In each 130 step movement of the base roll 12 the severed lengths of shaped stock are prevented by the stops from being carried along in the grooves of the roll, and thus they are loosened and caused to drop out of the grooves into a suitable receptacle or onto a suitable conveyor, not shown, for subsequent operations, such as firing in the case of clay products. The rolls are so indexed that the knives sever the strips at the middle of each of the stock accumulations provided by the depressions 22, Figs. 7 and 8, and thus each of the finished pieces is provided with a reinforcing rib or flange 10 (Fig. 11) at each of its ends.
As above indicated, the ribs lt (Fig. 11) are formed in the depressions 21, Figs. 7 and S, and the ribs 10 Fig. 11, are formed in the depressions 1 Figs. 9 and 10.
Modifications are possible without departure from the scope of the invention as defined by the appended claims.
1. Apparatus for making a succession of articles of plastic material, said apparatus comprising a base roll formed with a circumferential groove for the feeding of a strip of stock, in the groove, about the roll, means for progressively pressing the strip in the groove as it is so fed, means for driving said base roll in a succession of rotative movements of predetermined lengths, a knife movable inward in the groove for severing successive lengths from the strip and outward in the groove for permitting the strip to pass the knife, and means for so actuating the knife in timed relation to the successive rotative movements of the said base roll.
2. Apparatus as defined in claim 1 and comprising means for dislodging the successive severed lengths from the groove.
3. Apparatus as defined in claim 1 and comprising means for dislodging the successive severed lengths from the groove, the dislodging means comprising a fixed stop member having a part in the recited groove, in position to contact the leading end of each successive severed length of stock and thus loosen it from the walls of the groove by keeping it from rotating with the base roll.
4. Apparatus for making a succession of articles of plastic material, said apparatus comprising a base roll formed with an annular circumferential groove for receiving in said groove a continuous Strip of wholly plastic stock drawn into said groove by rotation of said base roll, a presser roll geared to said base roll and mounted for rotation with its periphery extending into the said groove of the said base roll, the said periphery and the wall of said groove both being formed as repeat-pattern molding surfaces, the said groove being of such depth and the repeat patterns and the relative peripheral speeds of the rolls being such that the said strip, as it leaves the said pressure roll, remains seated in said groove throughout a substantial are of the orbit of the said base roll, a cutter acting against and complemental in shape to the wall of the said groove for severing said strip into successive lengths while it remains seated in said groove in the said are of the said orbit, and means for thereafter dislodging the successive severed lengths from said groove.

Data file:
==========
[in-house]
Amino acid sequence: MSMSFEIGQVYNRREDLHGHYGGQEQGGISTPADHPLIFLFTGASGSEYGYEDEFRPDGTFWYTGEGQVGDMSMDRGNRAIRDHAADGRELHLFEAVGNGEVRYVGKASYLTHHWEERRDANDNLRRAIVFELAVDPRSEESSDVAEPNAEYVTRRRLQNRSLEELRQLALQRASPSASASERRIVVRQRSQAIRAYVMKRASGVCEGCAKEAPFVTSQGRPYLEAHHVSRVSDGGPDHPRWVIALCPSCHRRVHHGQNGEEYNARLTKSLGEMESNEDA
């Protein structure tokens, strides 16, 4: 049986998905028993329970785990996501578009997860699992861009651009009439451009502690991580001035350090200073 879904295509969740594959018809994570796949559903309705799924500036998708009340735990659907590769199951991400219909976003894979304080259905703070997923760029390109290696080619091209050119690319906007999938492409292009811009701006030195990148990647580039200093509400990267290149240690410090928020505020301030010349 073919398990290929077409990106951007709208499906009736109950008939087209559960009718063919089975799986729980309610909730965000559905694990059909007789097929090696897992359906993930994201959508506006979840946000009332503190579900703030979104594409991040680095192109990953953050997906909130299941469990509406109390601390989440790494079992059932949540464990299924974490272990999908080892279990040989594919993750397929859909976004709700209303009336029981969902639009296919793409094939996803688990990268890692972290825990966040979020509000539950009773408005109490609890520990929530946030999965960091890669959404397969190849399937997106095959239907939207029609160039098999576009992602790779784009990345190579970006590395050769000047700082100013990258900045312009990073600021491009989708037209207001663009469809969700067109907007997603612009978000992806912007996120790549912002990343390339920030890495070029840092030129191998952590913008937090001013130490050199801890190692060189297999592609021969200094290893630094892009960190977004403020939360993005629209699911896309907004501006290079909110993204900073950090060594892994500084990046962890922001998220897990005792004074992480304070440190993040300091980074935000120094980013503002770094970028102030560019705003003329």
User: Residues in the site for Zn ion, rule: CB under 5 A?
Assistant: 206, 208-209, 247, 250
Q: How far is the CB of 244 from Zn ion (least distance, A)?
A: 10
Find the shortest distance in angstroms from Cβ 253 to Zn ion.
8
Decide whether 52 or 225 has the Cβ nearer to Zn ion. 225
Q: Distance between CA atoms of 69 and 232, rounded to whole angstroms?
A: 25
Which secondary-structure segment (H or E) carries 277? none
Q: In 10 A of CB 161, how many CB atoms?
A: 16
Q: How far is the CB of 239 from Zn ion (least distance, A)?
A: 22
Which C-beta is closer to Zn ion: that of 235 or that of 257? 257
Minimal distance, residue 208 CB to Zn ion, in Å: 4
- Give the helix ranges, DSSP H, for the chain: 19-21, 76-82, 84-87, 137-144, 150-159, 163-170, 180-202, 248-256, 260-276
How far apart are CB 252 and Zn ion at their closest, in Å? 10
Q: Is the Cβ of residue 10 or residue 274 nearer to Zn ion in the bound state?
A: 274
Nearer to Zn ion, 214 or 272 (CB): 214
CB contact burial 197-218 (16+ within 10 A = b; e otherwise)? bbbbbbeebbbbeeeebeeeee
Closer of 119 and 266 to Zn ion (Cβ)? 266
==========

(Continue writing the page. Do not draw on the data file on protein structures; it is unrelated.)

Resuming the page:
5. Apparatus as defined in claim 4 and comprising, in addition to the presser roll there defined, a second such presser roll, but with its repeat-pattern more accentuated than that of the first, said presser rolls acting against the strip of stock in succession and thus cumulatively shaping it in a succession of molding steps.
6. A method of making a succession of articles of plastic material which comprises providing a continuous strip of wholly plastic stock of deep channel form, longitudinally feeding and thus progressively bending said strip to longitudinally curved form with the base of the channel at the inner side of the curve while preserving substantially its original channel form, further feeding said strip in said arcuate path past a shaping position and then past a severing position, at said shaping position shaping said strip as a succession of repeat-pattern units by molding the strip both internally and externally while maintaining it in generally concave-convex shape both longitudinally and transversely, and at said severing position severing the molded strip to separate the said repeatpattern units in succession from the continuous strip.
References Cited in the file of this patent UNITED STATES PATENTS 753,981 Hoelsche Mar. 8, 1904 1,642,657 Frick Sept. 13, 1927 1,663,762 Johnson Mar. 27, 1928 94,394 Brown Jan. 17, 1933 2,113,717 Brown Apr. 12, 1938 2,349,829 Nydegger et al. May 30, 1944- 2,620,513 Cryor et al. Dec. 9, 1952